waste of time because the camera's programming does it so well in the RAW
to JPG conversion to begin with. Those who have less capable cameras will
have to resort to post-processing the RAW data to fix what their camera
failed to deliver in the first place. Or, more commonly, what they as
snapshooters failed to do in the first place.

How difficult is this for you to comprehend? It seems to be frying your
brain so far.



From: bugbear on
NameHere wrote:
> On Thu, 04 Feb 2010 11:38:59 +0000, bugbear
> <bugbear(a)trim_papermule.co.uk_trim> wrote:
>
>> NameHere wrote:
>>> And it won't do a lick of good if you can only present it in 6-bits worth
>>> of resolution on your monitor or even less bit-depth on paper.
>> You appear to be suggesting that prints only support 32 gray levels.
>> What are you using - 24 pin dot matrix?
>
> 6-bits per each channel of CMYK. That's a 24-bit color depth resolution.
> 16,777,216 colors.

CMYK is a redundant colour space. It's equivalent (pace gamut concerns)
to RGB.

> There's a good reason that people resort to Piezography for B&W prints.
> Using various shades of gray inks to achieve more than 64 gray levels
> without dithering. (6-bits is 64, not 32)

Indeed. But you said "less bit-depth[than 6]" on paper.
5 is less than 6 (stop me if I'm going too fast for you)

>
>> AMD does 10 bit video cards - welcome to 2010.
>
> All fine and dandy. Now tell me how many distinct hues your human eye can
> discern faithfully.

The human eye is not a trivial light meter - with adaption
it can perceive a truly massive range of intensities.

>> Further, since processing involves arithmetic, which involves
>> rounding, having extra colour resolution prior to processing
>> is advantageous.
>>
>> BugBear
>
> This is why I said that 10-bit depth per sensor channel is more than is
> needed for the final display. 12 and 14 bit camera sensors are nothing but
> a marketing ploy that is directly targeted to major fools. Rarely do I need
> to do much post-processing to images from my P&S cameras because I know how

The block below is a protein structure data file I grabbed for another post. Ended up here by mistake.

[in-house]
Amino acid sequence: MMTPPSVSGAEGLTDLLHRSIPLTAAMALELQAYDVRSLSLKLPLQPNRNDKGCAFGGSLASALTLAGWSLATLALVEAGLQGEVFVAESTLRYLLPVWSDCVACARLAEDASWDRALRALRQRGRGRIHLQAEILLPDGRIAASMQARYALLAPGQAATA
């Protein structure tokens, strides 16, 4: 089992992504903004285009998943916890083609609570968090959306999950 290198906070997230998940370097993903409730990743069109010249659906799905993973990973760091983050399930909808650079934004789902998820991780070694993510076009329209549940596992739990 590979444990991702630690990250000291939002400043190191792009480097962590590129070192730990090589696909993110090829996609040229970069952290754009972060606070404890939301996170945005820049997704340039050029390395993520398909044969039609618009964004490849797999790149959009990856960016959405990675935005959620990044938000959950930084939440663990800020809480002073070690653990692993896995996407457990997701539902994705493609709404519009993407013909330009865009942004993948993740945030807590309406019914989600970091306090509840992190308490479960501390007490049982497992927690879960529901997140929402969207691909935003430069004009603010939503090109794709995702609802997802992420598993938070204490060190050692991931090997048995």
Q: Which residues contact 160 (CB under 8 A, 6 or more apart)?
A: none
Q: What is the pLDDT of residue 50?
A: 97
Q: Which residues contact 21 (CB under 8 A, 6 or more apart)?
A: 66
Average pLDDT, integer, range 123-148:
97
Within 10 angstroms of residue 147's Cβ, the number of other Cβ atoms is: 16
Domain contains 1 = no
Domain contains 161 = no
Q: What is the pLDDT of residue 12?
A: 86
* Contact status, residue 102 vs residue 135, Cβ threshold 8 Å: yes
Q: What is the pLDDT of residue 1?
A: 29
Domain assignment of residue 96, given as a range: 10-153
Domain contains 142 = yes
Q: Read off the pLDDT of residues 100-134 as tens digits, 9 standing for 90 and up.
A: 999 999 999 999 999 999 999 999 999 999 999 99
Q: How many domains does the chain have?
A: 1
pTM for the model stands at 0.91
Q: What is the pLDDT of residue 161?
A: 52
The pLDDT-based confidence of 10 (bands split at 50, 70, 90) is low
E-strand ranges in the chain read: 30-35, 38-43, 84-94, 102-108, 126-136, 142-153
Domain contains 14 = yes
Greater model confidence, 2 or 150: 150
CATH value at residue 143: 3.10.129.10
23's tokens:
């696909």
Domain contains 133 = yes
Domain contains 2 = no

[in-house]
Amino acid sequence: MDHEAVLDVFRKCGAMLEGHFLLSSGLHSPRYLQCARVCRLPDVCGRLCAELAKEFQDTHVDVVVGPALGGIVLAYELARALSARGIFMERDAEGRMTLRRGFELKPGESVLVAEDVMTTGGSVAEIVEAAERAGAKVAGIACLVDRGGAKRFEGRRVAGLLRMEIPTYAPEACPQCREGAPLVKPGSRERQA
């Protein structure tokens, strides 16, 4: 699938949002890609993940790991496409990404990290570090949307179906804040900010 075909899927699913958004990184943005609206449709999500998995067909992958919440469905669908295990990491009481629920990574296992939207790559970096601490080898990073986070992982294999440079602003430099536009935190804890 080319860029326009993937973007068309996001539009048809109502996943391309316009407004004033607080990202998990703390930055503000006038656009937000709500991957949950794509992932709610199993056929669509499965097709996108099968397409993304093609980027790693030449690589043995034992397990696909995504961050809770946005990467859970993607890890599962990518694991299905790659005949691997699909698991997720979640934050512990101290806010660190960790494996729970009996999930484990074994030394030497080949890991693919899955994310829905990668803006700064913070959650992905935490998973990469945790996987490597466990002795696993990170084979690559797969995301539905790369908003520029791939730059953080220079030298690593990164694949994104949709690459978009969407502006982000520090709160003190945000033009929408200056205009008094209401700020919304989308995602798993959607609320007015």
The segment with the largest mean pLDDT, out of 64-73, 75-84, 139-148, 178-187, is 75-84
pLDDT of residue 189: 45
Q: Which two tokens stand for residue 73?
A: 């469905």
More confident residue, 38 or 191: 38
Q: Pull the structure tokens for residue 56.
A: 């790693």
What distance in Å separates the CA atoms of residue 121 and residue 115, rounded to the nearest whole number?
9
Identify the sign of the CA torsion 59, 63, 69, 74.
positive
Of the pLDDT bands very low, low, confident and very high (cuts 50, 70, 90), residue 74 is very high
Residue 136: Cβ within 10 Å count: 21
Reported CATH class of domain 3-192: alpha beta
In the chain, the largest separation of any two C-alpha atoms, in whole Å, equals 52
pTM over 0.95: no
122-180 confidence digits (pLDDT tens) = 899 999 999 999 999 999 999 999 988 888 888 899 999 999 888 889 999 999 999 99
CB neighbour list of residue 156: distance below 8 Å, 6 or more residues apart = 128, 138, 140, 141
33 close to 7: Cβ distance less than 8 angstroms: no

> to use them properly in the first place.

If you're happy for your images to printed as captured, that's dandy.
But if you're doing anything interesting, such as contrast curve
adjustment, or pananoramic stitching, you're STILL
going to want deeper data to allow a little room for intermediate
rounding errors.

> They also do a fine job of
> retaining the full dynamic range of the sensor in the JPG file to begin
> with.

This is trivial; here an alogorithm:

RAW 0 -> JEPG 0
RAW MAX -> JPEG MAX

You speak as if this is some kind of achievment.

> I've compared the JPG and eventual RAW manipulated data. There's so
> little difference between the two that it's difficult to best the JPG file
> by starting with RAW. You can spend upwards of half an hour or more trying
> to tweak anything extra out of the RAW sensor data. It's mostly a huge
> waste of time because the camera's programming does it so well in the RAW
> to JPG conversion to begin with. Those who have less capable cameras will
> have to resort to post-processing the RAW data to fix what their camera
> failed to deliver in the first place. Or, more commonly, what they as
> snapshooters failed to do in the first place.
>
> How difficult is this for you to comprehend? It seems to be frying your
> brain so far.

I seem to be comprehending more than you, and better too.

"There seems to be much confusion on the internet about the
relevance of image bit depth on recordable dynamic range."

http://www.cambridgeincolour.com/tutorials/dynamic-range.htm

Read and learn.

BugBear
From: Ray Fischer on
bugbear <bugbear(a)trim_papermule.co.uk_trim> wrote:
>NameHere wrote:
>>
>> And it won't do a lick of good if you can only present it in 6-bits worth
>> of resolution on your monitor or even less bit-depth on paper.
>
>You appear to be suggesting that prints only support 32 gray levels.
>What are you using - 24 pin dot matrix?

Do you believe that your printer can do more than 64 levels?

>AMD does 10 bit video cards - welcome to 2010.

Video cards are not monitors.

>Further, since processing involves arithmetic, which involves
>rounding, having extra colour resolution prior to processing
>is advantageous.

During processing it's useful. Afterward? Not so much.

--
Ray Fischer
rfischer(a)sonic.net